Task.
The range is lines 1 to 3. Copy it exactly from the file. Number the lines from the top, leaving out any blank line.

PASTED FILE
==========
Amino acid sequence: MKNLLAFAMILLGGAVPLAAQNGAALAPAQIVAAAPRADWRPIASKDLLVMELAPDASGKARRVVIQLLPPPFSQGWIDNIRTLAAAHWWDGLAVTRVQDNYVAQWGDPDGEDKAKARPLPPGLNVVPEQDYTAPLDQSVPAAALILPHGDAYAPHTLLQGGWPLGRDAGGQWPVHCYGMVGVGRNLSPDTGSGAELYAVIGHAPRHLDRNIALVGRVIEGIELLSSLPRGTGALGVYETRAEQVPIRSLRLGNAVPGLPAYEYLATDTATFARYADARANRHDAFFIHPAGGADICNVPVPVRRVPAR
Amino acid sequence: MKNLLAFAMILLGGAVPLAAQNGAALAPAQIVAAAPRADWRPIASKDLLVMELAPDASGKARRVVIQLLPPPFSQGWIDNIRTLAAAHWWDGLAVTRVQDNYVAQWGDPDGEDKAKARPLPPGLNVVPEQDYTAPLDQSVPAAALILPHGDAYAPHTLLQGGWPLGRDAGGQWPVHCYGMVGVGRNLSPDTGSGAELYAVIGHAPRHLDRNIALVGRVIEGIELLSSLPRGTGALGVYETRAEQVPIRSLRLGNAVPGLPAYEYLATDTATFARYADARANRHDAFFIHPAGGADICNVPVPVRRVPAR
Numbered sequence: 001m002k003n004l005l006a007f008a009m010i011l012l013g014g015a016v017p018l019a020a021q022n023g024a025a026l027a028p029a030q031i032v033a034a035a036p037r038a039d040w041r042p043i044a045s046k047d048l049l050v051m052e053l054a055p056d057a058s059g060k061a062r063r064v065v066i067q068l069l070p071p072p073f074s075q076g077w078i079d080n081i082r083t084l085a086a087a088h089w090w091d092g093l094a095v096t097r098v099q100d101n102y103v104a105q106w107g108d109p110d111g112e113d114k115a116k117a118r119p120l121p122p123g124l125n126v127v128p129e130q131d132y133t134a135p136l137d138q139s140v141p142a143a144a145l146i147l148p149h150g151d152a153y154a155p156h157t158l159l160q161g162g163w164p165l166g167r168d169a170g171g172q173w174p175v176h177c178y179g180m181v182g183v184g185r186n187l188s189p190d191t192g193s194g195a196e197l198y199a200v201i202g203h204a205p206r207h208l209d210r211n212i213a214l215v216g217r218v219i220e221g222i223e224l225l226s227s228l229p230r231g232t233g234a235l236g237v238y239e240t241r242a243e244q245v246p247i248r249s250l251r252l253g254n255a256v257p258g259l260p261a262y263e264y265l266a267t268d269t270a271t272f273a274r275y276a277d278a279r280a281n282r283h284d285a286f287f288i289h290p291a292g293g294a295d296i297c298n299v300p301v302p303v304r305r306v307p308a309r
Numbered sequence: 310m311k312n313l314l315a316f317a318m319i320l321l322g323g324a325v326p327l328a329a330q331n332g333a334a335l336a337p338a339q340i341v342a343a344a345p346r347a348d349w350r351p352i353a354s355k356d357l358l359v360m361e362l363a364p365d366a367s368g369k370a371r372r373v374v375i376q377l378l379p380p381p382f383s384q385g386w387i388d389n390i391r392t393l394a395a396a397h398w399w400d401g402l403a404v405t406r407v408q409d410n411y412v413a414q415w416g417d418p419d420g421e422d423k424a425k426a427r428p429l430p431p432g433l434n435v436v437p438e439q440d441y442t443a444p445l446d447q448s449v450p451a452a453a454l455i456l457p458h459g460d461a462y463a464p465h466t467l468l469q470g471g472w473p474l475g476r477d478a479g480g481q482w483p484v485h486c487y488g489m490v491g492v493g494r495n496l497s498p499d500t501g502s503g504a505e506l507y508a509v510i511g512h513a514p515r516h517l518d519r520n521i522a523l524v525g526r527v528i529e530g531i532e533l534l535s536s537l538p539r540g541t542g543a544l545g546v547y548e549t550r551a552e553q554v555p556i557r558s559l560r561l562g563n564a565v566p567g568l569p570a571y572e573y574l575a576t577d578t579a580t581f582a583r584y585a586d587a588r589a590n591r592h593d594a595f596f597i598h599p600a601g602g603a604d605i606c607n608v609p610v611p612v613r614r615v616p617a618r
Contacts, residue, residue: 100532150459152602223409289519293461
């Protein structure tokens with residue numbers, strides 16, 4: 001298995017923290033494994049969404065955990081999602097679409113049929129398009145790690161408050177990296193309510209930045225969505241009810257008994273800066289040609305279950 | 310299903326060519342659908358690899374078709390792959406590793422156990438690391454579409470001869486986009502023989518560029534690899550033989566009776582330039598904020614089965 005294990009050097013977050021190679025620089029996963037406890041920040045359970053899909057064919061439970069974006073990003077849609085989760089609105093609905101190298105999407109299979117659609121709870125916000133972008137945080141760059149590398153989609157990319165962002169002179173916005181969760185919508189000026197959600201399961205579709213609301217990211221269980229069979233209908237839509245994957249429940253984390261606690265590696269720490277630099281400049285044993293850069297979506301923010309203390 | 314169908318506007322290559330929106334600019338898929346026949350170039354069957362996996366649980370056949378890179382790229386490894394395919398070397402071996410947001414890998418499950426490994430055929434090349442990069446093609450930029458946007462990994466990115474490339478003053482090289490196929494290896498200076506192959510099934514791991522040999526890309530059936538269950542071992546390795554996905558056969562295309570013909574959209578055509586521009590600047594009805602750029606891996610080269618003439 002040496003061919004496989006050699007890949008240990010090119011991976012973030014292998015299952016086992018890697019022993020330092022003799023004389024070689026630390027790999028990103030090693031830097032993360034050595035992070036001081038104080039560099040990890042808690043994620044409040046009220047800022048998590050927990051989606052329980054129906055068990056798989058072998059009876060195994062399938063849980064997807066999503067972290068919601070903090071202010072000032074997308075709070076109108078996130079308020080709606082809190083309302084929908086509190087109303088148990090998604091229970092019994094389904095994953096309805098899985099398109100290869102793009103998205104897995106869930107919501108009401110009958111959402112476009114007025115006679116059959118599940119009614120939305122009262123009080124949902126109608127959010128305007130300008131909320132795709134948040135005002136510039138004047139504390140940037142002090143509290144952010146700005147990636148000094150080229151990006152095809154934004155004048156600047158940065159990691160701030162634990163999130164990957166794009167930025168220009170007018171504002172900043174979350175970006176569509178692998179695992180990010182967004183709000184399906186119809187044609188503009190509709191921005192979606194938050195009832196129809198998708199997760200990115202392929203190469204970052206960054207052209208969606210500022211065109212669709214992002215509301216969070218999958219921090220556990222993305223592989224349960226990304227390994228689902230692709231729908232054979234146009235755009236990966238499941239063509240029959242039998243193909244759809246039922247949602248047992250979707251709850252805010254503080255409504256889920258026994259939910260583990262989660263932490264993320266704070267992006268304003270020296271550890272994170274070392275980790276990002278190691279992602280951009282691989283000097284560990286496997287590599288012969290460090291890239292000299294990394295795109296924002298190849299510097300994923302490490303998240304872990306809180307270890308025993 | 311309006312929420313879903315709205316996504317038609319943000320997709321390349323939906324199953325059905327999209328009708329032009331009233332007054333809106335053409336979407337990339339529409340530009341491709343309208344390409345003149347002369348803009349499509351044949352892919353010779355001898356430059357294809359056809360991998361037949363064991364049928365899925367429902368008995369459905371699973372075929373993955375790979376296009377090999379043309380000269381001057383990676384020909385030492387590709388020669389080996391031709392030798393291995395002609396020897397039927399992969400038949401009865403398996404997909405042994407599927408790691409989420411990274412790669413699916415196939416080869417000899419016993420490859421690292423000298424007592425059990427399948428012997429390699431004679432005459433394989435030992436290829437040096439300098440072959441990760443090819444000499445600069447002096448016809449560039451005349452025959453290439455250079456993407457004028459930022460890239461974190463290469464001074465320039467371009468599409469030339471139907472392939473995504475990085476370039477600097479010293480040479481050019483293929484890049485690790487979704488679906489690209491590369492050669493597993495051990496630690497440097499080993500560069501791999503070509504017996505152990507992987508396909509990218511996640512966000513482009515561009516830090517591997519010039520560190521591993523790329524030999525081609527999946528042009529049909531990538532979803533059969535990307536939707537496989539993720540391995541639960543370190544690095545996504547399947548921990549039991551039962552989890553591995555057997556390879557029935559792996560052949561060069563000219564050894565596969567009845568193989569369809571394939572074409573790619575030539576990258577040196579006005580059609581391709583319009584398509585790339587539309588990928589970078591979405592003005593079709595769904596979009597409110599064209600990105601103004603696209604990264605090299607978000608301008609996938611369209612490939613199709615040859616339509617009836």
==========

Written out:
Amino acid sequence: MKNLLAFAMILLGGAVPLAAQNGAALAPAQIVAAAPRADWRPIASKDLLVMELAPDASGKARRVVIQLLPPPFSQGWIDNIRTLAAAHWWDGLAVTRVQDNYVAQWGDPDGEDKAKARPLPPGLNVVPEQDYTAPLDQSVPAAALILPHGDAYAPHTLLQGGWPLGRDAGGQWPVHCYGMVGVGRNLSPDTGSGAELYAVIGHAPRHLDRNIALVGRVIEGIELLSSLPRGTGALGVYETRAEQVPIRSLRLGNAVPGLPAYEYLATDTATFARYADARANRHDAFFIHPAGGADICNVPVPVRRVPAR
Amino acid sequence: MKNLLAFAMILLGGAVPLAAQNGAALAPAQIVAAAPRADWRPIASKDLLVMELAPDASGKARRVVIQLLPPPFSQGWIDNIRTLAAAHWWDGLAVTRVQDNYVAQWGDPDGEDKAKARPLPPGLNVVPEQDYTAPLDQSVPAAALILPHGDAYAPHTLLQGGWPLGRDAGGQWPVHCYGMVGVGRNLSPDTGSGAELYAVIGHAPRHLDRNIALVGRVIEGIELLSSLPRGTGALGVYETRAEQVPIRSLRLGNAVPGLPAYEYLATDTATFARYADARANRHDAFFIHPAGGADICNVPVPVRRVPAR
Numbered sequence: 001m002k003n004l005l006a007f008a009m010i011l012l013g014g015a016v017p018l019a020a021q022n023g024a025a026l027a028p029a030q031i032v033a034a035a036p037r038a039d040w041r042p043i044a045s046k047d048l049l050v051m052e053l054a055p056d057a058s059g060k061a062r063r064v065v066i067q068l069l070p071p072p073f074s075q076g077w078i079d080n081i082r083t084l085a086a087a088h089w090w091d092g093l094a095v096t097r098v099q100d101n102y103v104a105q106w107g108d109p110d111g112e113d114k115a116k117a118r119p120l121p122p123g124l125n126v127v128p129e130q131d132y133t134a135p136l137d138q139s140v141p142a143a144a145l146i147l148p149h150g151d152a153y154a155p156h157t158l159l160q161g162g163w164p165l166g167r168d169a170g171g172q173w174p175v176h177c178y179g180m181v182g183v184g185r186n187l188s189p190d191t192g193s194g195a196e197l198y199a200v201i202g203h204a205p206r207h208l209d210r211n212i213a214l215v216g217r218v219i220e221g222i223e224l225l226s227s228l229p230r231g232t233g234a235l236g237v238y239e240t241r242a243e244q245v246p247i248r249s250l251r252l253g254n255a256v257p258g259l260p261a262y263e264y265l266a267t268d269t270a271t272f273a274r275y276a277d278a279r280a281n282r283h284d285a286f287f288i289h290p291a292g293g294a295d296i297c298n299v300p301v302p303v304r305r306v307p308a309r